Were those arrested guilty of plotting a terrorist attack? John Reid the Home Secretary told press that the police had caught the “main players”, thus prejudicing immediately any future trial. This being said, the new Prevention of Terrorism Act passed last year means that certain suspects can be held indefinitely without charge or trail as the Home Secretary sees fit, so the fact that he’s ruined any chance they may have had of a fair trial is pretty academic anyway. Since ‘glorifying terrorism’ is also a new crime, even if they didn’t do anything but were alleged to have thought about it out loud means they are guilty as charged. John Reid is an interesting example of how democratic politicians operate in the new climate. An ex-Stalinist and friend of the Serbian war criminal Radovan Karadzic, Reid has a long history of personal violence and political opportunism1. He stayed up all night to direct the arrests, personally ensuring the arrest of a mother with a six-week-old baby. He followed the arrests with a call for new measures that would allow him to bypass human rights legislation and to widen existing legislation to include British citizens. If those arrested were thinking of appealing to his liberalism they can think again. In Nazi Germany many of those arrested for crimes against the state were released by the judiciary once their cases came to trial. In modern Britain, given the fact that the Labour Party has over the years chipped away at the independence of the judiciary and passed laws to ensure trails are no longer even necessarily held, those charged will have no such luxury. Because the Government didn’t have sufficient evidence recently to charge many of the suspects, a new weapon of Control Orders was introduced, basically putting people under house arrest. When a High Court judge ruled them ‘conspicuously unfair’, saying that the safeguards to protect the rights of suspects was little more than a ‘thin veneer of legality’, the Government denounced him. He’s not the only judge to denounce the orders and moves are under way to challenge their legality, but he was unable to lift them and so far they remain a plank of the government’s anti-terror strategy.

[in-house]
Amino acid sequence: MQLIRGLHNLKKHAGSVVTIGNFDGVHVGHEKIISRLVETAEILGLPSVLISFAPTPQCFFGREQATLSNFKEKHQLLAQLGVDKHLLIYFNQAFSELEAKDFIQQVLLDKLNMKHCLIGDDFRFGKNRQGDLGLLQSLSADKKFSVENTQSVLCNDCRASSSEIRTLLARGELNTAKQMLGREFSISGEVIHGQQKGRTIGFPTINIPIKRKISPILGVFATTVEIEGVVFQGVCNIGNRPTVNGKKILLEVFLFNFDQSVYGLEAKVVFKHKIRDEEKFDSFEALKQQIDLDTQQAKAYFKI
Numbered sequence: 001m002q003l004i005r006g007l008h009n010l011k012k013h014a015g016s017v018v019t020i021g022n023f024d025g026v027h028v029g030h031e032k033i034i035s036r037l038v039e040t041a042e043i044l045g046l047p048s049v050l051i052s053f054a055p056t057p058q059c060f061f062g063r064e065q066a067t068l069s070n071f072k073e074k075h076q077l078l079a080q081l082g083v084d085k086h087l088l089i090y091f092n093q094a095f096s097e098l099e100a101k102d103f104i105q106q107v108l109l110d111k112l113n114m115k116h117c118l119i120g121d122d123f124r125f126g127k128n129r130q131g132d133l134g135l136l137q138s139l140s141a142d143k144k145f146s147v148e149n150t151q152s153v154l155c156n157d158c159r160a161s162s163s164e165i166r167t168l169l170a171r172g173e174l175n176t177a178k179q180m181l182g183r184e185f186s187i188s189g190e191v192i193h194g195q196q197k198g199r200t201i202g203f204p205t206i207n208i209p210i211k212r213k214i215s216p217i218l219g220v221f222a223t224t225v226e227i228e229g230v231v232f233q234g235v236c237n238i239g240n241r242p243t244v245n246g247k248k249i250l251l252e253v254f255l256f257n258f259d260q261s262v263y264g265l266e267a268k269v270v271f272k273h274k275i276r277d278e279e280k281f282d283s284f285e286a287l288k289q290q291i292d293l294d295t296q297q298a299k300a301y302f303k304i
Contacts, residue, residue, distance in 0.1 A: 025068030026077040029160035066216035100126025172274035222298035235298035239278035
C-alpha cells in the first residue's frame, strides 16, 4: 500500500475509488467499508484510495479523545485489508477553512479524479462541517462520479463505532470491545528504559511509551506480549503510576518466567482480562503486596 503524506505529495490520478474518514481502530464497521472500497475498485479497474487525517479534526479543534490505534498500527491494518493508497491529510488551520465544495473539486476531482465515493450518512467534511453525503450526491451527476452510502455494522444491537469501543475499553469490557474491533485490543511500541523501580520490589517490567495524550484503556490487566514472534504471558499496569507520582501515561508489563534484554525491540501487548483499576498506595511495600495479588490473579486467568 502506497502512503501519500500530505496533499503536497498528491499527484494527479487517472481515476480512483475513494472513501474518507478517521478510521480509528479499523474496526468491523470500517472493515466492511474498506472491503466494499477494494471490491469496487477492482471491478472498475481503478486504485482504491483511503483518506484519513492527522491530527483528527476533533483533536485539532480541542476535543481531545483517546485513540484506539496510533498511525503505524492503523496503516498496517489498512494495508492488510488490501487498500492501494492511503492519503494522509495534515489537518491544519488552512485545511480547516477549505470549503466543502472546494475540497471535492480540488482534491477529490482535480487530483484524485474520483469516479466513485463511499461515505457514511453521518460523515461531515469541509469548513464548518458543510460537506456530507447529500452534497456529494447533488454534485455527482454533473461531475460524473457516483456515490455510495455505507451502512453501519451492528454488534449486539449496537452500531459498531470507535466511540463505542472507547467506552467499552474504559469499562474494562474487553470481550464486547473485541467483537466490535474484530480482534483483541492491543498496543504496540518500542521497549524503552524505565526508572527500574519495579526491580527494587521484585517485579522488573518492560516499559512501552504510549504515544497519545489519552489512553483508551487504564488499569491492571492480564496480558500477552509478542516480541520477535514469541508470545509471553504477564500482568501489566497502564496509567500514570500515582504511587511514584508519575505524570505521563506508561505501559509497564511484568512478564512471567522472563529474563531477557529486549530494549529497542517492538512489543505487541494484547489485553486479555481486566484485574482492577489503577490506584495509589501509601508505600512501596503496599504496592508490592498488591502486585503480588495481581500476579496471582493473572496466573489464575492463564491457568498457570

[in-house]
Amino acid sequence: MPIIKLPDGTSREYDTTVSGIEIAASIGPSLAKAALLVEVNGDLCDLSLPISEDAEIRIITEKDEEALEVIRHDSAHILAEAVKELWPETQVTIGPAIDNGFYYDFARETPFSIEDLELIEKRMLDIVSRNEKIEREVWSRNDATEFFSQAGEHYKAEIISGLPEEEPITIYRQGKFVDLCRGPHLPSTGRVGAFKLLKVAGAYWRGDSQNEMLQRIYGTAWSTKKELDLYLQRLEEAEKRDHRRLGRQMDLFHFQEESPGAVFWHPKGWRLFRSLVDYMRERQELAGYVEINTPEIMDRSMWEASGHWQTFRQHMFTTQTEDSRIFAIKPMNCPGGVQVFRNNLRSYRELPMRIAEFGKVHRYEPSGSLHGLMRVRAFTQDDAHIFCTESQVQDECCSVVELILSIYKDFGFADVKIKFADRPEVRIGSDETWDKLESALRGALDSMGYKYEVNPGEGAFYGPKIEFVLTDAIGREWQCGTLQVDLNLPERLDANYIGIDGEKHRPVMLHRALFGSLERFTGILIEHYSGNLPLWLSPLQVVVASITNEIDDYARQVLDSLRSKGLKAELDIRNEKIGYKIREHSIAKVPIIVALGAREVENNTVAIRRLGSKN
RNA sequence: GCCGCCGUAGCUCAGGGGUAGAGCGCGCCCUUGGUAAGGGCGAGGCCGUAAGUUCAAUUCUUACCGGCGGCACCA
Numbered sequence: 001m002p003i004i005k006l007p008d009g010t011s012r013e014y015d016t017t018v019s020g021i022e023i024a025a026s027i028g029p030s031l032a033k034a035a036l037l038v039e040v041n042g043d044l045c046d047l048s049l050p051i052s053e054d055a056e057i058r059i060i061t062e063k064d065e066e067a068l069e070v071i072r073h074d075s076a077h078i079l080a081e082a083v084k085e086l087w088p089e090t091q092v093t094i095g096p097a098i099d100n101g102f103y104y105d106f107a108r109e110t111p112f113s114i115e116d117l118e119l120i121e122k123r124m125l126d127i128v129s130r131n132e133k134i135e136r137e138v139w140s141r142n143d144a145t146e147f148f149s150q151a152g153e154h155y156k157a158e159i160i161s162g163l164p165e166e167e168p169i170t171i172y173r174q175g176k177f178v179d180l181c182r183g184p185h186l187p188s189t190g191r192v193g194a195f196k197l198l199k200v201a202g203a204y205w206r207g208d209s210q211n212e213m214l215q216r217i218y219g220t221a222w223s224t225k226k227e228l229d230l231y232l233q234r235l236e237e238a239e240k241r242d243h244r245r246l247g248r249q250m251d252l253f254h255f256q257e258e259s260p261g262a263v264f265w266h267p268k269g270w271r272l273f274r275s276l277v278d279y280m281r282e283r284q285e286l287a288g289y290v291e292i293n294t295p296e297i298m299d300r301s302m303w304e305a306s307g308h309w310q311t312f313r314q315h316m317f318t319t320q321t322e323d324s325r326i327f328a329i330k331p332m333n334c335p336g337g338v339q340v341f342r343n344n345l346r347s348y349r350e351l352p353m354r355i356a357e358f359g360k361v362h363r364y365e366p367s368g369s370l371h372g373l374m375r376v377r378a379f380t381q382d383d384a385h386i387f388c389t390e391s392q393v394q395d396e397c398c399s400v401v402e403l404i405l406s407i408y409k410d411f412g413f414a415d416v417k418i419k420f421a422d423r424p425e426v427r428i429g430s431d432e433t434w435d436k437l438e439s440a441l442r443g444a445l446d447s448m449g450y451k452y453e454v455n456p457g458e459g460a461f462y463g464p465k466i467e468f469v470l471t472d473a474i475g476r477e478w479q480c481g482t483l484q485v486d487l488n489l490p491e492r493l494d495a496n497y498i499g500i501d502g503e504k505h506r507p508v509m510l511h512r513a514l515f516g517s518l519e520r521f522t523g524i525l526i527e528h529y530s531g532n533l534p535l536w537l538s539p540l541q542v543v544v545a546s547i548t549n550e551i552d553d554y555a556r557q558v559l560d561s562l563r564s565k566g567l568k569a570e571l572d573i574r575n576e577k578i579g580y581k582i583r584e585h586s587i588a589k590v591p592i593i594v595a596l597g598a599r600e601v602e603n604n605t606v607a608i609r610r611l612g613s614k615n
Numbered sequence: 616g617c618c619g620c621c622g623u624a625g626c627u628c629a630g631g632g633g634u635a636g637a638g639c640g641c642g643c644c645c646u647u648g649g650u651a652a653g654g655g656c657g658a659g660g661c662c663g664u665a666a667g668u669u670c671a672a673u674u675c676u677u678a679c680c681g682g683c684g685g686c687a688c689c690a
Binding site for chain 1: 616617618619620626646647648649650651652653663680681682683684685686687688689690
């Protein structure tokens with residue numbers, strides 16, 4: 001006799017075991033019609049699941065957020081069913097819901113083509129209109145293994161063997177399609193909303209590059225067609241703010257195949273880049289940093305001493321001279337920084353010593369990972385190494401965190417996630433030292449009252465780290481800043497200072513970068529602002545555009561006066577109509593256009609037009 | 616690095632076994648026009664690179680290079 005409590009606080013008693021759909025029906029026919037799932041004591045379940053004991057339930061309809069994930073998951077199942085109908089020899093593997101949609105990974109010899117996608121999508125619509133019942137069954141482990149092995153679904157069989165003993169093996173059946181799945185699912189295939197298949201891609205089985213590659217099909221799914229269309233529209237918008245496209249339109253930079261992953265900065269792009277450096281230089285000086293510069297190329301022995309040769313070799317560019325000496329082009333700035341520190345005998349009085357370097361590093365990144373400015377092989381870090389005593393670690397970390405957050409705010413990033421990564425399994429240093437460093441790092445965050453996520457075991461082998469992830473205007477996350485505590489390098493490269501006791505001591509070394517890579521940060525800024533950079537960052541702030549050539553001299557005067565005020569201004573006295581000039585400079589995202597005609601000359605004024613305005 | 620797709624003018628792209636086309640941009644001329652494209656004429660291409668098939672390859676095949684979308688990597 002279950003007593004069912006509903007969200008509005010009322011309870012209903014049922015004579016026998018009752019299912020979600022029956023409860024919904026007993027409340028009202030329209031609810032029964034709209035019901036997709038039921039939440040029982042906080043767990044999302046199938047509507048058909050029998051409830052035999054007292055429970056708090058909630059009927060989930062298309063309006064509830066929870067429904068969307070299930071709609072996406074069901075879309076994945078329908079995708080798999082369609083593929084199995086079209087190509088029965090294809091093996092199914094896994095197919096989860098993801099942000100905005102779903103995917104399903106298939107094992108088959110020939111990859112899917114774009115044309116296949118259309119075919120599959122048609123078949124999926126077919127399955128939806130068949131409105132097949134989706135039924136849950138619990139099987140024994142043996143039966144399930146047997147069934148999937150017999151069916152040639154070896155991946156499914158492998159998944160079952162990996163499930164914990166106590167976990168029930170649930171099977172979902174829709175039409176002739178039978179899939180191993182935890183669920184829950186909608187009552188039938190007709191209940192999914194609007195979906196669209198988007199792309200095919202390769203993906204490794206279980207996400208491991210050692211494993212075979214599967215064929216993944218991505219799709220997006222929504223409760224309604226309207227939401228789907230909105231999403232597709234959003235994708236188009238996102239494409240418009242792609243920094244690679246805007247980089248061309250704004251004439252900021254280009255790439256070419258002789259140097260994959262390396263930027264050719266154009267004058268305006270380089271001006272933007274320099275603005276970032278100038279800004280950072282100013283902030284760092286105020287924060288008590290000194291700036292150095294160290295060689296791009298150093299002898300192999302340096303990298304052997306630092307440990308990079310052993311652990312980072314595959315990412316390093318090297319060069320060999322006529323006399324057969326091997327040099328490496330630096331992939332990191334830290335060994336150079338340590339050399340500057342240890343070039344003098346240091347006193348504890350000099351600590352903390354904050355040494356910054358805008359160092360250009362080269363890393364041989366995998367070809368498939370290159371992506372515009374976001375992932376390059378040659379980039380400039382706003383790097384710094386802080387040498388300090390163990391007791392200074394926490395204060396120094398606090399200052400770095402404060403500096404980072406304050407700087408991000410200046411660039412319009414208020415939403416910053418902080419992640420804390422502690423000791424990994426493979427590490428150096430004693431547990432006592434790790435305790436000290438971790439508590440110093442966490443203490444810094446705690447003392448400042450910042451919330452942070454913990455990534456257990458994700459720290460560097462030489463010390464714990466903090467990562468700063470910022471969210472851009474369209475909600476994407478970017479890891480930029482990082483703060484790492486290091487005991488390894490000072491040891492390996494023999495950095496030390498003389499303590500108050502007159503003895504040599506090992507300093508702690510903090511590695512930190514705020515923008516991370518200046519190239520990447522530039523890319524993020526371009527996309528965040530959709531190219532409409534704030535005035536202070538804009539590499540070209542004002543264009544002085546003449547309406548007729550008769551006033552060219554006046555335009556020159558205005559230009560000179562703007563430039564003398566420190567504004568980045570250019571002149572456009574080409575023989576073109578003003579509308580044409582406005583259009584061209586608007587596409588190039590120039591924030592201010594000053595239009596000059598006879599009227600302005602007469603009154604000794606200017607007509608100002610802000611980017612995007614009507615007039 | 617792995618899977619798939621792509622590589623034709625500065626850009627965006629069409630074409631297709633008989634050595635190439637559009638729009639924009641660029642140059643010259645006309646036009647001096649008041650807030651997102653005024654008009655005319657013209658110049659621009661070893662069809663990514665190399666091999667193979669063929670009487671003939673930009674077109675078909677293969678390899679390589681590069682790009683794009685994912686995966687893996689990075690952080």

The argument of course goes that if the choice is between legislative rights and saving lives, then lives come first. Under this premise over one thousand British Muslims have been arrested under anti-terrorist legislation. Of these, only twelve percent have been charged with anything. Of those charged, 80% were acquitted. Of those found guilty, a sizeable proportion were not convicted of anything to do with terrorism but with some minor offence police came across during the investigation. Combined with the wars in Afghanistan and Iraq, and with a pro-Israel policy in the Middle East, there can be no more efficient way to lay the seeds for the ‘home grown terrorism’ the Government fears, and for which they constantly barrack the Muslim community for creating.